Wednesday 30th Sep 2020 - Logistics & Supply Chain

Counting carbon calories

Grocery retailers are battling it out to secure a slice of the ‘green market’. As a growing proportion of sales is attributable to environmentally conscious consumers, leading retailers are busy nailing their green credentials to the flag pole.

Tesco has responded to consumer concerns over ‘food miles’ – the distances that food travels to reach our plates – by launching an initiative which will make it the first supermarket chain in the world to assign a ‘carbon label’ to every product it carries. These labels will display the amount of carbon dioxide emitted during the manufacture, transport and consumption of its products.

The labels will enable consumers to assess the environmental impact of each purchase they make, offering them a ‘carbon calorie-counting’ system which can be used in much the same way as health conscious shoppers use the nutritional information carried. This will open up a new competitive field for the supermarkets as they use their supply chain expertise to deliver low ‘carbon footprint’ merchandise.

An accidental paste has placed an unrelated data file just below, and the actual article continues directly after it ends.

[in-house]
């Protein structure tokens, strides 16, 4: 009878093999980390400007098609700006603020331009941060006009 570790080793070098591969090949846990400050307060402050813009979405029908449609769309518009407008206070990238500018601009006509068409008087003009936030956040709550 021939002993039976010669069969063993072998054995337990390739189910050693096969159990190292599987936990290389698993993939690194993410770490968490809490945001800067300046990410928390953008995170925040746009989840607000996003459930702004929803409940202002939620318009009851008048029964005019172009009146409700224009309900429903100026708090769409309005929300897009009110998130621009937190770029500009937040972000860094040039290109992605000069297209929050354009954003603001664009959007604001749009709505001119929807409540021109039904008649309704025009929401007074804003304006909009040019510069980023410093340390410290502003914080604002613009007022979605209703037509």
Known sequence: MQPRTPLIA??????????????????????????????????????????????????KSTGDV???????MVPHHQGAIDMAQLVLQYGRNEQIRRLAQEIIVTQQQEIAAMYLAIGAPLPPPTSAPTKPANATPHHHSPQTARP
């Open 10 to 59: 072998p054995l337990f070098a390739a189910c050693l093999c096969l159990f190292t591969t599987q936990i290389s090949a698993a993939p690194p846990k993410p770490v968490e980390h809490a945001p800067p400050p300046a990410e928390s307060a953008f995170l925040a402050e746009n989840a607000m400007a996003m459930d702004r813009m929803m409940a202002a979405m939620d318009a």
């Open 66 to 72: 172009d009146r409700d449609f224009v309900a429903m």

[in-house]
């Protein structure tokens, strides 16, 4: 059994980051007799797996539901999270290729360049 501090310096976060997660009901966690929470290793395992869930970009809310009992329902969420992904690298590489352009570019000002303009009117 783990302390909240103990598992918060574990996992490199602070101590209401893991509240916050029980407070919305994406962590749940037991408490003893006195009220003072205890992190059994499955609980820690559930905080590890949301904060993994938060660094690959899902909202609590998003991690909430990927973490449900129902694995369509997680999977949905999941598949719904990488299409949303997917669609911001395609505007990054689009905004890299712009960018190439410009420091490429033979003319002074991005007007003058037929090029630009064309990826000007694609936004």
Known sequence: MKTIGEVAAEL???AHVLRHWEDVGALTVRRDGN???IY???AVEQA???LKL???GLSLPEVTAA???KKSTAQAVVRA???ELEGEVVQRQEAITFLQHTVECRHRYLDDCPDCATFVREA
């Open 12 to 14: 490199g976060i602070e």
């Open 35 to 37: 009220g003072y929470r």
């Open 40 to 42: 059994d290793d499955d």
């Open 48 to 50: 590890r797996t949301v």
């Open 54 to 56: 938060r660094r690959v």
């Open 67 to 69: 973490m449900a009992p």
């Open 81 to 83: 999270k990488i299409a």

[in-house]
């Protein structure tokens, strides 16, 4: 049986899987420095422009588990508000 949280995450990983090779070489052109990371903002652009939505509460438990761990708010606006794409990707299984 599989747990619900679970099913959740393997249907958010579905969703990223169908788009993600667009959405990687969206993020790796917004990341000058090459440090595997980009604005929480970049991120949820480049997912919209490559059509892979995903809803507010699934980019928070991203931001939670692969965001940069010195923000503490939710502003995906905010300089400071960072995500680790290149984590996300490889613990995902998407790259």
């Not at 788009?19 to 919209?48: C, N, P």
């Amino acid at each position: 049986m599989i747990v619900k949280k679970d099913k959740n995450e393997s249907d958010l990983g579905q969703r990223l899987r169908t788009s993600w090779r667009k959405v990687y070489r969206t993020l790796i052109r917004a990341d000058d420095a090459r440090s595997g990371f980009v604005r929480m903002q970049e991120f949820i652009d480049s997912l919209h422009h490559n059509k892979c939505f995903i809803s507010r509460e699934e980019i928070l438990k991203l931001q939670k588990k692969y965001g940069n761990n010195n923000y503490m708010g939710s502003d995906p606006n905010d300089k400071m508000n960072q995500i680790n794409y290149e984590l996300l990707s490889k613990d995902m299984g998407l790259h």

The problem is there are no well established means by which the necessary information is gathered. And what’s more, there will undoubtedly be discrepancies over what emissions to include. Tesco are sponsoring academic research with the Environmental Change Institute at Oxford University, but retailers will need to work together to establish standards that are used by all.

Also setting high standards, Marks and Spencer’s chief executive, Stuart Rose, recently pronounced the company’s enthusiasm for green issues by pledging to spend up to €300 m to make the group carbon neutral by 2012. With such attention at boardroom level, it looks like supermarkets may soon be competing not so much on price as carbon-footprint.

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